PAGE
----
the Congress and the President) understand exactly what their rights 31 are in the Panama Canal zone before giving away any of these rights. 32 We say this because there was much pre-November, 1976, political 33
oratory that tended to indicate that the United States did not have 34 sovereign rights over the Panama Canal zone and much oratory to the 35 effect that the Panama Canal Zone was not actually territory belonging 36 to the United States. Such political statements could well be viewed
as clearing the way and making it much easier for ratification of a new treaty changing the rights of the United States over the Panama Canal Zone; stated another way, if we accept as a fact that the United States does not have sovereign rights over the Panama Canal Zone, then living with a new treaty becomes more palatable.
Legally, however, it does appear that the United States has absolute rights of sovereignty over the Panama Canal Zone, the United States owns the Panama Canal Zone, and the Panama Canal Zone is actual territory belonging to the United States. If this legal interpretation is accepted, then the prospect of giving away these rights in a new treaty must be approached with great caution.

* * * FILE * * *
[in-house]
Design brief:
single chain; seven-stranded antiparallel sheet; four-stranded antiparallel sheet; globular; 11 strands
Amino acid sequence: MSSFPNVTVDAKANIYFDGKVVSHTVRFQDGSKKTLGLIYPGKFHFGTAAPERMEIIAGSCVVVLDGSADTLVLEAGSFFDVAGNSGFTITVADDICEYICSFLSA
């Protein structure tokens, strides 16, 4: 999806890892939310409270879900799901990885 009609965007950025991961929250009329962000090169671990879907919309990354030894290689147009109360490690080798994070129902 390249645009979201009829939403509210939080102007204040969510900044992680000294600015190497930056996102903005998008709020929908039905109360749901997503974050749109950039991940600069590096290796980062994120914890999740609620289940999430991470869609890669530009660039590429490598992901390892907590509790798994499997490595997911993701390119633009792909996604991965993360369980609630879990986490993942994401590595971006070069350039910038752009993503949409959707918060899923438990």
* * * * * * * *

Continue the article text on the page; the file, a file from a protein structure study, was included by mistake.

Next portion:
SOVEREIGNTY OVER THE PANAMA CANAL ZONE WAS CEDED
The leading case discussing the rights of the United States over the Panama Canal and the Panama Canal Zone is the United States
Supreme Court case of Wilson v. Shaw, 204.U.S. 24, 27 Supreme Court Reporter 233 (1906). Since this is a United States Supreme Court decision and since the decision construes the Panama Canal Treaty insot far as the rights of the United States are concerned, the decision is entitled to the highest weight.
The case arose on a suit by a private citizen to prevent the Untied States from paying out money for the construction of the Panama Canal and from borrowing money on the credit of the United States or from issuing bonds in connection with the raising of money for the construction of the Panama Canal. The position of the plaintiff citizen was that the United States had no power to engage in the construction of the canal. The U. S. Supreme Court upheld the position of the United States, ruling against the plaintiff, and in so doing, the court discussed at length the exact legal position and rights which the United States of America possessed over the Panama Canal Zone and the Panama Canal. Pertinent portions of the decision in Wilson v. Shaw are quoted as follows, with comments by the writer of this brief:
Comment: The Supreme Court, therefore, indicates that the
"The title to what may be called the
Comment: This section of the opinion stands for the proposition that the treaty between the United States and Panama operated as a cession of the Panamanian title to the United States.
The court went on to state that there could be no question as
"It is too late in the history of the United
The most important part of the decision of Wilson v. Shaw deals with the court's answer to plaintiff's contention that the United States had no power to construct the Panama Canal because the canal zone was not part of the territory of the United States. The court flatly rejected such an argument and in doing so interpreted the language of the treaty between the United States and Panama:
"Another contention, in support of which plaintiff has presented a voluminous argument, is that the United States has no power to